Growers of some fall crops are running out of time to buy crop insurance or make changes in existing coverage, with only two weeks left until the Sept. 30 deadline.
According to USDA’s Risk Management Agency, 15 crops, including wheat, barley, canola and oats, have a crop insurance deadline of Sept. 30 in many states. Other affected crops are alfalfa seed, apiculture, cultivated wild rice, dry peas, forage production (pasture, rangeland and forage), potatoes, rye and sugarcane. Check to see which crops are affected in which states.
Sept. 30 is also the deadline for making changes to existing fall crop insurance policies. Changes producers might consider include increasing the percent of coverage taken, buying revenue protection and choosing a policy based on enterprise units.
"The Sept. 30 sales closing date pertains to fall crops only," says Greg Wheelock, agent and owner of Crop Insurance Services, Mankato, Minn. Wheelock’s agency serves the Midwest, including Minnesota, Iowa and Wisconsin. "For our area, the fall crops are primarily winter wheat and forage production." For those who already have RMA policies on fall crops, the policies will renew automatically if no action is taken.
USDA posted 2012 projected prices on Sept. 15. These prices are the new minimum prices for 2011-12 fall crops that insured growers will receive, regardless of whether they have crop policies protecting only historical yields or yields with revenue protection added.
If crop values are higher than in the past, or increase at harvesttime, growers with only 75% coverage might not be able to recoup enough if their fall planted crop were to sustain significant damage, so they might want to increase coverage to 80% or 85% where available, Wheelock says. "That way, they insure closer to the true value of the crop," he says.
Better yet would be to buy revenue protection, Wheelock notes. "Revenue protection accounts for about 98% of what we sell," he says. "It allows growers to forward market their crops, knowing they have replacement protection to fulfill contract obligations should the crop fail."
For instance, he says, if wheat prices were to rise to $10 or $12 per bushel next summer, a winter wheat grower who bought revenue protection would be paid the higher harvest price (not the projected price) in the event of a crop failure. "It’s like having replacement coverage on a house," Wheelock says. Even though the house was built for $100,000 a decade ago, insurance would pay out whatever it would cost today to rebuild a similar house. Whereas winter wheat producers with crop coverage based on just historical yields without revenue protection would receive only the 2012 projected price of $8.20 per bushel. Both types of coverage use at least the projected price to determine the minimum amount of protection purchased.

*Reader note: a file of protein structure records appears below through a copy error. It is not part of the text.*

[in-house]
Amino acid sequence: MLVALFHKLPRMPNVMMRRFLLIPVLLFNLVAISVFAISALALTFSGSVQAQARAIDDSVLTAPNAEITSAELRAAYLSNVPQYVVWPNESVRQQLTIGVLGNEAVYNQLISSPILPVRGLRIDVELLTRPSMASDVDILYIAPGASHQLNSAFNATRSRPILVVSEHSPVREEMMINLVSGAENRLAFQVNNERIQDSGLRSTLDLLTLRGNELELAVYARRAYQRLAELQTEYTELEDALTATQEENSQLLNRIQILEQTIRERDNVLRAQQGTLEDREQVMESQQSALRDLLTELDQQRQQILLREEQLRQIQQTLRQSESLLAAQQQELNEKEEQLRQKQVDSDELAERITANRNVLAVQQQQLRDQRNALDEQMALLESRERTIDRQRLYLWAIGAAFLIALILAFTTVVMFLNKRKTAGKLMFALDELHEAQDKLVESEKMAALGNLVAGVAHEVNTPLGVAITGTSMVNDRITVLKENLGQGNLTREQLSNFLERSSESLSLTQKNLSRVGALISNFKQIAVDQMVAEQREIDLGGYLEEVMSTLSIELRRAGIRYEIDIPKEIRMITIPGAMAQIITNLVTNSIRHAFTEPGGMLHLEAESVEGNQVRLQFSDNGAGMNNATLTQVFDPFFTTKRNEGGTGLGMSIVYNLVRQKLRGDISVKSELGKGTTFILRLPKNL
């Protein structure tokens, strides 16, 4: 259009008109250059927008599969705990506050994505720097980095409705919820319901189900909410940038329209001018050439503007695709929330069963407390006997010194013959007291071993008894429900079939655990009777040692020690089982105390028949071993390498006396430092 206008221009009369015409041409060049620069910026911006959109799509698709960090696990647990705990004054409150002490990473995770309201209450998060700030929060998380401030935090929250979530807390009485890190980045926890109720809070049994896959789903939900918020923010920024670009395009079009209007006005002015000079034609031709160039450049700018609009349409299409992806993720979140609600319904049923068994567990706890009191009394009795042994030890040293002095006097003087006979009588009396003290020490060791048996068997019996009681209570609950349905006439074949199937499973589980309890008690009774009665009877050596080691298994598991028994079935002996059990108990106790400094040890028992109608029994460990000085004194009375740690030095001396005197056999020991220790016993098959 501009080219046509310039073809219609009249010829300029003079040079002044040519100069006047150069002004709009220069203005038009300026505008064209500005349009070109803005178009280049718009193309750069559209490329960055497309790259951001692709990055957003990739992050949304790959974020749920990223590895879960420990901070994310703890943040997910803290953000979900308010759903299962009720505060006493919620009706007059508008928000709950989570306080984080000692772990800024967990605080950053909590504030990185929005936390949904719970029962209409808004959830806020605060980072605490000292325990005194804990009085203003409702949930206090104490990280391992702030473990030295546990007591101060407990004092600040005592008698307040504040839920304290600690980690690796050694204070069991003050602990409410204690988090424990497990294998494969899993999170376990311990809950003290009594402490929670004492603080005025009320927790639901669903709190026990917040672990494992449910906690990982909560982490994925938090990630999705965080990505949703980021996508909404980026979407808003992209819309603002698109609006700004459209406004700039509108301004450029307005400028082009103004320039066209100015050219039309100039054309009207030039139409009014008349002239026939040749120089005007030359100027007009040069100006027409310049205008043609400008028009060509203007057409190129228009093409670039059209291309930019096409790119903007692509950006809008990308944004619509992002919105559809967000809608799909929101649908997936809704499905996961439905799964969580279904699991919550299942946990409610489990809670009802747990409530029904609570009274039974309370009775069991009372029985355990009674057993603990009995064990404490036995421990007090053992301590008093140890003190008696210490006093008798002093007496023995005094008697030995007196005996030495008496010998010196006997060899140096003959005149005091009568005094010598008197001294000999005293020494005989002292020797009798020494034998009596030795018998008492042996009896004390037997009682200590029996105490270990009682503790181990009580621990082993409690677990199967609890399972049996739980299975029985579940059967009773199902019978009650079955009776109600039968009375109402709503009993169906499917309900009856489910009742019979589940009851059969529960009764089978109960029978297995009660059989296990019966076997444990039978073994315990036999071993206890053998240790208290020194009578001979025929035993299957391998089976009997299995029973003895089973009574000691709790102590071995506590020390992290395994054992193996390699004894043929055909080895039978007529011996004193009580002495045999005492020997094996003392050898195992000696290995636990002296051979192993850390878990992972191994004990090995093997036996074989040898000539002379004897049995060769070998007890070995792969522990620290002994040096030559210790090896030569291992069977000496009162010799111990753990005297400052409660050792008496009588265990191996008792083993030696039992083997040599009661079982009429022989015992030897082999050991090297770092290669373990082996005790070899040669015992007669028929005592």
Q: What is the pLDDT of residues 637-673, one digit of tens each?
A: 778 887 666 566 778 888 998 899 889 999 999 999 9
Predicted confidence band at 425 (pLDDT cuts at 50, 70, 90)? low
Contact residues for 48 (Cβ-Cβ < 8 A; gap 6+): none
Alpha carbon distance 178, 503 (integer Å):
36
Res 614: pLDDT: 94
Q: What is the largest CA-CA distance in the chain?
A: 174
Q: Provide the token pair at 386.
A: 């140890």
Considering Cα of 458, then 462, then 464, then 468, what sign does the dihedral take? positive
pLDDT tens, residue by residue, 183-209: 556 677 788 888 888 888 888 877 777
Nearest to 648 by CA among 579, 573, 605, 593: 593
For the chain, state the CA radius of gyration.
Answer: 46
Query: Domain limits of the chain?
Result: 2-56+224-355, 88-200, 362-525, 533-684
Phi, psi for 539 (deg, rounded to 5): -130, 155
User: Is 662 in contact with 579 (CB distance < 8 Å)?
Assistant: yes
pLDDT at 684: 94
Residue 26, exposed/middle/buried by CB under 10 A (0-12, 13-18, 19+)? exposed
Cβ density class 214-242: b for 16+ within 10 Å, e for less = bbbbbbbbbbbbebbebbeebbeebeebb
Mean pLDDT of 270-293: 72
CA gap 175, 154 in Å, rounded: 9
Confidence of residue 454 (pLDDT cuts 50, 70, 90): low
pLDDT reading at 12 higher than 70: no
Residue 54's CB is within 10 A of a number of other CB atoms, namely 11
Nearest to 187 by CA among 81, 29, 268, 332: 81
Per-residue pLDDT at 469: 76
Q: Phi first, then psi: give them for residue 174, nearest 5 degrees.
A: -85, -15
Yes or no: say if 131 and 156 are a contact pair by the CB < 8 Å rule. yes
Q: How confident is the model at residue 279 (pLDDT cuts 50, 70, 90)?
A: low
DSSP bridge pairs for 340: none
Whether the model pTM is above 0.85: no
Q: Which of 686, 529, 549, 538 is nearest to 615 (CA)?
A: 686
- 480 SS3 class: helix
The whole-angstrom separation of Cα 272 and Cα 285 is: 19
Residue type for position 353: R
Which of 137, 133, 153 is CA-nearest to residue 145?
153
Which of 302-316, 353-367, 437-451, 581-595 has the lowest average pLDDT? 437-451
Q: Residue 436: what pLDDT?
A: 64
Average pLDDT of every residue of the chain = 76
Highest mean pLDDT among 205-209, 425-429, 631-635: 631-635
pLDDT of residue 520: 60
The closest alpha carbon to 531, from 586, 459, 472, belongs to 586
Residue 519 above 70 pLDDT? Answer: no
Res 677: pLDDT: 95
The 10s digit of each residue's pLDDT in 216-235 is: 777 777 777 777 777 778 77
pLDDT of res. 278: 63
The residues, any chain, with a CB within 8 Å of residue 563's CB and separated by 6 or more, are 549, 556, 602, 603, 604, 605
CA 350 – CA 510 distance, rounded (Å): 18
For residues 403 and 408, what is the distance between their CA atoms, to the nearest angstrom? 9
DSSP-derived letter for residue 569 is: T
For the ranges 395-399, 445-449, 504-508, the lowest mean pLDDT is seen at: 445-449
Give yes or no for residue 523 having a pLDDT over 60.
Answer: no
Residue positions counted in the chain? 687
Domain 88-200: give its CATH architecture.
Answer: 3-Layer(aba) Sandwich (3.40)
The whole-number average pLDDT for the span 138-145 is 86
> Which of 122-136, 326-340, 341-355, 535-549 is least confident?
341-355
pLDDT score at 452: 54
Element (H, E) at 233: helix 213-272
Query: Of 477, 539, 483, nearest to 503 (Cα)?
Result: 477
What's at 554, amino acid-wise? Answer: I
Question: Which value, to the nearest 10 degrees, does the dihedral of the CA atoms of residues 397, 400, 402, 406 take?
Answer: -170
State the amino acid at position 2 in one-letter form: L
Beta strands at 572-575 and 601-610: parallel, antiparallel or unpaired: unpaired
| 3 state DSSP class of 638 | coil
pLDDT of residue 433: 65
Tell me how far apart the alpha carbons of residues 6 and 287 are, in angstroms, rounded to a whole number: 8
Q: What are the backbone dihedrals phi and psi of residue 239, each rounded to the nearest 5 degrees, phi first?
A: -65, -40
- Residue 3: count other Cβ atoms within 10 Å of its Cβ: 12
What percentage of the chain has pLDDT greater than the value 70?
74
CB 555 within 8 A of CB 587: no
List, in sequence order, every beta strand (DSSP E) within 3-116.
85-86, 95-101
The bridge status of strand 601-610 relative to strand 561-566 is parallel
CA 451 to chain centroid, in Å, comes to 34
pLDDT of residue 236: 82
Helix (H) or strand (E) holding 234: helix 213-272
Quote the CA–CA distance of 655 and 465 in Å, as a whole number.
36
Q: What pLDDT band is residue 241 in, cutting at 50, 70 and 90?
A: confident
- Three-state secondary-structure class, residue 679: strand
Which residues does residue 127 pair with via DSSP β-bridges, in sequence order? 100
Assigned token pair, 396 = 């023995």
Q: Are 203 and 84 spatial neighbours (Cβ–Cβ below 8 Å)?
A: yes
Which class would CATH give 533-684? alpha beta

"Most of my producers have switched to revenue-based policies," Wheelock says. "It is a very sound business decision." While revenue protection is already an affordable risk management tool, Wheelock says there are ways to make it even more affordable. By insuring as an enterprise unit rather than by individual sections (optional units), producers get a significant discount on their premium, and many use that discount to purchase 85% coverage.
With an enterprise unit guarantee, for example, if a crop in one of several sections were damaged but yields were high in the other covered sections, a grower might not be able to collect on the policy, Wheelock says, depending on the average yield across all sections. But if the crop damage were to occur across all sections, the grower would receive payment if the blended yield were below the enterprise unit guarantee.
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